Sundry Power Systems And PureSystems Announcements
September 30, 2013 Timothy Prickett Morgan
It is the fall, and in fact, this is the end of the third quarter, so if there is going to be some wheeling and dealing so IBM can turn in a good finish to 2013, I would expect that to start this week. That said, Big Blue tweaked a few things here and there that you should be aware of before the fourth quarter push gets underway.
First, in announcement letter 213-434, you will see that IBM has updated the PureApplication System W1500 machines, which are clusters based on Intel‘s Xeon processors, and the W1700 machines, which are clusters based on IBM’s own Power processors. This announcement letter is basically devoid of information that tells you precisely what IBM changed, but you need to know that something changed if you are in the middle of a deal. Hence, that is why I bring it up. I have asked IBM for an explanation of what precisely has changed and am still awaiting a response. My guess? The X86 versions have been updated for the latest “Ivy Bridge-EP” Xeon E5-2600 v2 processors and the Power versions have been updated with the Power7+ processors.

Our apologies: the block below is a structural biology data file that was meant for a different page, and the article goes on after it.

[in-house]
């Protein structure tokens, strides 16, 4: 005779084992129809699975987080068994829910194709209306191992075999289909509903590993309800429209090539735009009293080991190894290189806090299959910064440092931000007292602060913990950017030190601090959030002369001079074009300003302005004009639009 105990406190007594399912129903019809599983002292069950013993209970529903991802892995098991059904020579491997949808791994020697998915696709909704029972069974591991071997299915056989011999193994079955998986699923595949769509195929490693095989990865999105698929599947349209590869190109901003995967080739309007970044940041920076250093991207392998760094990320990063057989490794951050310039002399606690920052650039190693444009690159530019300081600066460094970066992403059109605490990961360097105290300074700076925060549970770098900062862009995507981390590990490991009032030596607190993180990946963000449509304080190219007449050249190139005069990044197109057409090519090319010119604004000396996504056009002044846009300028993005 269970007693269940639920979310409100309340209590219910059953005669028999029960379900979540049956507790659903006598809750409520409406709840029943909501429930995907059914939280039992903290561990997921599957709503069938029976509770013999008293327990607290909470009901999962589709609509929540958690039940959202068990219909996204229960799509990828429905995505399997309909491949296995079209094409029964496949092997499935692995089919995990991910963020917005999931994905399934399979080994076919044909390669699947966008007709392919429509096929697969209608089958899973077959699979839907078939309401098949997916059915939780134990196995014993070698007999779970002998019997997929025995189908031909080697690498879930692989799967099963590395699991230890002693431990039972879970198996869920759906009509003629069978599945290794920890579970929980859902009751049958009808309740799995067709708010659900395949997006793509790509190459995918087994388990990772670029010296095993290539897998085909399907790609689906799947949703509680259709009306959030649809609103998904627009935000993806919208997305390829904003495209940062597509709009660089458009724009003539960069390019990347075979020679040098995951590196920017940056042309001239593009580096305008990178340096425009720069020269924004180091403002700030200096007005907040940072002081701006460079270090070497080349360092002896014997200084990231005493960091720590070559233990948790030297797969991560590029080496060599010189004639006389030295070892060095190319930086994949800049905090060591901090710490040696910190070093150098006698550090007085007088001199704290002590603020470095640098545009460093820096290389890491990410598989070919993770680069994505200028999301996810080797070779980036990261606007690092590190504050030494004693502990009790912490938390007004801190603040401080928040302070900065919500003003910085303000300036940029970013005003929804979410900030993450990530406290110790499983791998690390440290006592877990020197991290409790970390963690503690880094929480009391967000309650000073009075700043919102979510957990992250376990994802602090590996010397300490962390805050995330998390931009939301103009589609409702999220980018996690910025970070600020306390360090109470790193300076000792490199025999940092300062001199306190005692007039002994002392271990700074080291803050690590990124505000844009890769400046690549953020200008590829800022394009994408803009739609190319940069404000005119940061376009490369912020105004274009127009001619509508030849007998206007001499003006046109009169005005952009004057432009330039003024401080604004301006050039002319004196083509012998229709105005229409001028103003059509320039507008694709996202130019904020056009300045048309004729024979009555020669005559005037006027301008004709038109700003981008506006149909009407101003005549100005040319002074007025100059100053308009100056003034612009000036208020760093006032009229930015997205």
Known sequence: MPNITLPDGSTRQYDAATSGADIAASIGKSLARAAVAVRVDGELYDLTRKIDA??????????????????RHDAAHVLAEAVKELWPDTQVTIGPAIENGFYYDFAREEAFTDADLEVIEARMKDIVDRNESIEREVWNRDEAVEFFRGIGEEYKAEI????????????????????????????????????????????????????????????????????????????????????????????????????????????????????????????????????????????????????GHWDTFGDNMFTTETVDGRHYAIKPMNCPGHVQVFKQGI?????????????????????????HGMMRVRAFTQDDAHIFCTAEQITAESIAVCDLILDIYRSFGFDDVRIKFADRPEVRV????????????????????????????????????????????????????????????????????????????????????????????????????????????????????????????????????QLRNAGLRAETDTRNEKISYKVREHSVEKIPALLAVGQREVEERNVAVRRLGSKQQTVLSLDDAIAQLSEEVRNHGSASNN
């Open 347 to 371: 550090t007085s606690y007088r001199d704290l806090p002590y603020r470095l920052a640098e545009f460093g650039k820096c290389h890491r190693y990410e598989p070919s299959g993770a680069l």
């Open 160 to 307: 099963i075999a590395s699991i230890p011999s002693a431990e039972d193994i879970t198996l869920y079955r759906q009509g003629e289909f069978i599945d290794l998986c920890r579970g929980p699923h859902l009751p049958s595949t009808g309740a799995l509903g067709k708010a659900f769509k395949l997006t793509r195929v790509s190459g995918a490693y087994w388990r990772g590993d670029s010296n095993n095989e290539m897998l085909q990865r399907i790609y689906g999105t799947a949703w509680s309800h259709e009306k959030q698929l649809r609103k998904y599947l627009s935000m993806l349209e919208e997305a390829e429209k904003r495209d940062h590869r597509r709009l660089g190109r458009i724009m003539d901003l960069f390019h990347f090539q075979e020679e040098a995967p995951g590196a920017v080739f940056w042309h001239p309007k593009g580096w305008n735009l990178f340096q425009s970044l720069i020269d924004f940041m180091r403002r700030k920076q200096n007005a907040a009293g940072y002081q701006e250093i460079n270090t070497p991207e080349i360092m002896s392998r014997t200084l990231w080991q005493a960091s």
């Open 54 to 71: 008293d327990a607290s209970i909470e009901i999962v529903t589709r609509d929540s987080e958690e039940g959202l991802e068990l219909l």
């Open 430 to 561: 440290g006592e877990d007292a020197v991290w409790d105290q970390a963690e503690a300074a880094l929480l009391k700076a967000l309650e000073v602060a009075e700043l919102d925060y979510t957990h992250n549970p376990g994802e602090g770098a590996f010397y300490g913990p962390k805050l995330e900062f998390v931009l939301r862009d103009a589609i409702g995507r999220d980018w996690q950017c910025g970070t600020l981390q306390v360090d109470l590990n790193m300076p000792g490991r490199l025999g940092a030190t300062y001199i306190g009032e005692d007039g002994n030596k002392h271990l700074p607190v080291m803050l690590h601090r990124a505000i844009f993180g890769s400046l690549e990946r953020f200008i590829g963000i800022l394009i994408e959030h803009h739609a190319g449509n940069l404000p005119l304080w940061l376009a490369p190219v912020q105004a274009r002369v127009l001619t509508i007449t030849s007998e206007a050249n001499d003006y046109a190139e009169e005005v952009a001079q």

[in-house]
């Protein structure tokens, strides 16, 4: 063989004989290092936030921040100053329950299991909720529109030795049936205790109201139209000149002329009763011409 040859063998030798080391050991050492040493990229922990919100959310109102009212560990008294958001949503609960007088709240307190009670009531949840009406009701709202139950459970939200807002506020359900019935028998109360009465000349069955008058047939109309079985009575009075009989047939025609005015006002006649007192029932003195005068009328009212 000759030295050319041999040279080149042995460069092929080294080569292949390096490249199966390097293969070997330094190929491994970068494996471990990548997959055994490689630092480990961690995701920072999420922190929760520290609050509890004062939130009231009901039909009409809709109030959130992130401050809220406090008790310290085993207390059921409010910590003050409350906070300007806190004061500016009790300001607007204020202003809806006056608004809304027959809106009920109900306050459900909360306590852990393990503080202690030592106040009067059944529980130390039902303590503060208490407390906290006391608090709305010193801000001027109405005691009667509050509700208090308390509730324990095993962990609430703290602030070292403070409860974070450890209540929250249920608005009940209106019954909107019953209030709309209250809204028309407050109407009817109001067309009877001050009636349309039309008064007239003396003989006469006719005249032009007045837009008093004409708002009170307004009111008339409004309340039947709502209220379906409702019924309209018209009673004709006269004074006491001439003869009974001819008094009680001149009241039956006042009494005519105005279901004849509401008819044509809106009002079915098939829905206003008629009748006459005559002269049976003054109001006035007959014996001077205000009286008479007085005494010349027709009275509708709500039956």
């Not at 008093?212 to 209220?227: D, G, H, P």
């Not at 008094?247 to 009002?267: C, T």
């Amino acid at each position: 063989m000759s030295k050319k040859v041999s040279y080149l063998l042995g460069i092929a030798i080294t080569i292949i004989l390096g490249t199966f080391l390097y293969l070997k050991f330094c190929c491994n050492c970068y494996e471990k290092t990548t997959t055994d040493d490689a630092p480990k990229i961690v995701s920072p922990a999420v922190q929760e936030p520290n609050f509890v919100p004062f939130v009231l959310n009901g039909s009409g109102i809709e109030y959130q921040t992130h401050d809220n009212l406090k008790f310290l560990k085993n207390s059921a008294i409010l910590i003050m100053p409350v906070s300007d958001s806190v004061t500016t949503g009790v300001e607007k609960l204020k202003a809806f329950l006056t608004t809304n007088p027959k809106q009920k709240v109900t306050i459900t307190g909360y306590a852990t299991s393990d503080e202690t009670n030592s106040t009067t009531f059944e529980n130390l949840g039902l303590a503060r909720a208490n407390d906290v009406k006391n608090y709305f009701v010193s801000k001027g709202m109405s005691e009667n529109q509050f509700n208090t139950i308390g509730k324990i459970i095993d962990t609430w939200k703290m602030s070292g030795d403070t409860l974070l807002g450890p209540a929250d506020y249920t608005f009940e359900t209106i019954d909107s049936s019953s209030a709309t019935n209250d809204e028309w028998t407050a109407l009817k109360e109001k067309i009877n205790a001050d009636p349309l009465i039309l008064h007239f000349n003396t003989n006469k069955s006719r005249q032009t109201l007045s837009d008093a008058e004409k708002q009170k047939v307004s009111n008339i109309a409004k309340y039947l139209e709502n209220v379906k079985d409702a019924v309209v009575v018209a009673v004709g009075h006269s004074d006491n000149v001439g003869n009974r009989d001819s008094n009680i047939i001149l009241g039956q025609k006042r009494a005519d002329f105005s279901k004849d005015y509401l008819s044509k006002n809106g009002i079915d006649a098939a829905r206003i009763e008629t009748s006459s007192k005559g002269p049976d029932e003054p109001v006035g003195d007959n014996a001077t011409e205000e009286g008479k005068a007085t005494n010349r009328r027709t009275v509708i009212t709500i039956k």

In announcement letter 313-090, IBM is tweaking the IBM i Capacity BackUp (CBU) with PowerHA deal, which gives customers who buy a CBU-designated Power Systems machine and a license to IBM’s PowerHA SystemMirror for i clustering software a rebate that ranges from $1,000 to $3,000, depending on the size of the CBU that you buy. You have to license the Standard Edition of PowerHA SystemMirror for i. With the update, IBM is adding Power 720+ and Power 740+ CBU machines using the Power7+ processor to the mix at the low end and Power 750+ and Power 760+ machines in the midrange that are based on the Power7+ chip as well. The older Power7 CBUs in the Power 720 and 740 line are still available under the deal, but the Power 750 is not. The deal, which was last changed in December 2012, already had Power7 and Power7+ processor options in Power 770 and Power 780 bigger iron.
IBM continues to monkey around with memory prices on its Flex System Xeon-based server nodes for the PureSystems family of machines. In announcement letter 313-088, it looks like most regular DDR3 memory prices went down by between 12 and 30 percent, but prices on low-voltage DDR3 memory looks like it went up by 10 to 12 percent. Memory prices for Power-based Flex nodes were unchanged in this announcement. Prices for hot-plug disks for local storage on the nodes were also cut by 6 to 14 percent.